Ironically, rigorous study of anything has a tendency to drain it of its feeling, its blood (Moriarty, 2013). Nowhere more so than in psychology, which can be prone to ‘psychologising’ and losing a sense of the embodied individual (Muncey, 2010). Auto-ethnography is a contemporary qualitative research method, where not only is the presence of the researcher acknowledged, but the researcher is a part of the group being researched; an anthropological-insider (Hayano, 1979). An autobiographical genre of research, auto-ethnography provides “explanation and meaning through narrative, without categorisation or simplification of experience” (Ellis & Bochner, 2000, p. 739). It offers a deep and rigorous insight “coming from feeling...from the heart, based on personal experience” (Grant, Short & Turner, 2013, p. 11). Auto-ethnography seeks to evoke a lived experience in a socio-cultural context through a variety of expressive genres (Bochner & Ellis, 2002). My research involves an auto-ethnographic account of epilepsy as a lens with which to view the so called ‘anomalous’ experience of auras in epilepsy. I propose to present an auto-ethnographic paper that highlights how this approach is able to offer understanding of emotion that is not easily accessible through other research methods (Laslett, 1999).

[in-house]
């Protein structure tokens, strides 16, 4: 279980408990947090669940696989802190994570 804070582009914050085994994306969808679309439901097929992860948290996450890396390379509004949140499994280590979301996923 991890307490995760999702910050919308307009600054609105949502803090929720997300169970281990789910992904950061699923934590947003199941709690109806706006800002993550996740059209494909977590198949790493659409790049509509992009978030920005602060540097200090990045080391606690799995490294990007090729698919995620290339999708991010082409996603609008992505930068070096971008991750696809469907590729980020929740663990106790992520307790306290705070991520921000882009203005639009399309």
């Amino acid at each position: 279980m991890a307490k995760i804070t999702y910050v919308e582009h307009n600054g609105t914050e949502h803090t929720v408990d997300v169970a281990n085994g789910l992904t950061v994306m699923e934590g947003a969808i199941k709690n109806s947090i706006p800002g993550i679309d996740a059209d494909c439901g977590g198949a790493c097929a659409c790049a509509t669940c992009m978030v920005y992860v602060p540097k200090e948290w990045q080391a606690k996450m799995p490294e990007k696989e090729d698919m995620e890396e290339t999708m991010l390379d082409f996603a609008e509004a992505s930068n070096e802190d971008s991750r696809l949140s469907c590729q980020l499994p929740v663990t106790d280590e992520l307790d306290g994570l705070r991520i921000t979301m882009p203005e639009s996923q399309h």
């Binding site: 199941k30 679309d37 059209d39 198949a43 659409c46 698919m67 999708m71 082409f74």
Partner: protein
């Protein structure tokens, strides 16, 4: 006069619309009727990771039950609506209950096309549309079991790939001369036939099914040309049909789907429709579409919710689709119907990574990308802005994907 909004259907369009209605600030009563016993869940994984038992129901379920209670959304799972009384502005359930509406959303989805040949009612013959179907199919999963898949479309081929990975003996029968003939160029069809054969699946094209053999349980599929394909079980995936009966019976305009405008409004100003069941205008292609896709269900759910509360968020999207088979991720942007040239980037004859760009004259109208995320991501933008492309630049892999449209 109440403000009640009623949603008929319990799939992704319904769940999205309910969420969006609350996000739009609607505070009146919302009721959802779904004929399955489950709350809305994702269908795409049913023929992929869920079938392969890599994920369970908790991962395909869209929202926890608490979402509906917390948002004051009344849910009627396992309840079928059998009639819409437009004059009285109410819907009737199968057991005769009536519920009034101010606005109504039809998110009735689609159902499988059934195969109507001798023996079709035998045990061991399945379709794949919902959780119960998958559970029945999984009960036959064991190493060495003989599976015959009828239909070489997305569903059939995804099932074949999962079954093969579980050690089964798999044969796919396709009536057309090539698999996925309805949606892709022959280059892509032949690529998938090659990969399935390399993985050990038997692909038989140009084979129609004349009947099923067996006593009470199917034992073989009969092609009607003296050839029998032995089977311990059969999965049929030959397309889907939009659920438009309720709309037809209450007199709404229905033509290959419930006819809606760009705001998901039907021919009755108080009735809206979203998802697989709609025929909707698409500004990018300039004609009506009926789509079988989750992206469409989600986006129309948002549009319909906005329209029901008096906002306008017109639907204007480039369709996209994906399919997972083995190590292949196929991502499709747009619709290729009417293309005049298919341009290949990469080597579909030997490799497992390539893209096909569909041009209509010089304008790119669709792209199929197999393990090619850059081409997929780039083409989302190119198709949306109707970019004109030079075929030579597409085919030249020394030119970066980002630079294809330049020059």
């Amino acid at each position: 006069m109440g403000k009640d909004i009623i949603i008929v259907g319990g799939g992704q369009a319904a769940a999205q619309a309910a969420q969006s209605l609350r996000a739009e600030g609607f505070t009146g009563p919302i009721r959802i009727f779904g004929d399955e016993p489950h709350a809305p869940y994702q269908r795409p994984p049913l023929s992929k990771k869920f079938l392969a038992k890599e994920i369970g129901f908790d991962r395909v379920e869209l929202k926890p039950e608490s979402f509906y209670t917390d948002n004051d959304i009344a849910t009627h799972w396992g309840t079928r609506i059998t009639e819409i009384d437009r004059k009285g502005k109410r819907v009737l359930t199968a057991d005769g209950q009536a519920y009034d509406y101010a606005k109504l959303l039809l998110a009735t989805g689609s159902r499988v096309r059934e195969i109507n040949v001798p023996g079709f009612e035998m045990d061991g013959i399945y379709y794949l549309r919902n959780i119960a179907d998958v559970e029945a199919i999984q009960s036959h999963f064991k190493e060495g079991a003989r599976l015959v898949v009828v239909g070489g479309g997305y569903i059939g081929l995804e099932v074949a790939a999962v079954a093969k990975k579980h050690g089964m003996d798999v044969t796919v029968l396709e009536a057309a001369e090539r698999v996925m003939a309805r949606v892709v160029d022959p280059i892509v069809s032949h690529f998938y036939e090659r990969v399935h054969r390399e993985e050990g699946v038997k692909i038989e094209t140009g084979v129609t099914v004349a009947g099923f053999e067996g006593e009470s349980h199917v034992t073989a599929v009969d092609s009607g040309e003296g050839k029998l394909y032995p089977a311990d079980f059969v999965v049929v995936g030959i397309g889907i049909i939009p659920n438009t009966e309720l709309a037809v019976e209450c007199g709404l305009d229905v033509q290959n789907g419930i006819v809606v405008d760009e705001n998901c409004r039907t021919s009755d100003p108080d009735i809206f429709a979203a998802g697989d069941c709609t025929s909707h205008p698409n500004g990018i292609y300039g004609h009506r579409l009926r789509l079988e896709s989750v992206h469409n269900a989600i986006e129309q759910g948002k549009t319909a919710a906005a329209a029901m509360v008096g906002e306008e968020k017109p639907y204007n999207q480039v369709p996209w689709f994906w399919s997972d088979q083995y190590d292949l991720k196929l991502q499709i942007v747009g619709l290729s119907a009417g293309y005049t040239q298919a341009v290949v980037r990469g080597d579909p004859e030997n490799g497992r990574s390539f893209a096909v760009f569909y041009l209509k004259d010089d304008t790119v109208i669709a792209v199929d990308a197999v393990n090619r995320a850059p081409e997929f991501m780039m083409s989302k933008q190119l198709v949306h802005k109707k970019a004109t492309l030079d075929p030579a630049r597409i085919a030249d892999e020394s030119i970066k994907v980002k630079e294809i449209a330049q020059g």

|Period||8 Apr 2015|
|Event title||Psychology of Emotion and Feeling|
|Degree of Recognition||National|
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Activity: Academic Talks or Presentations › Conference Presentation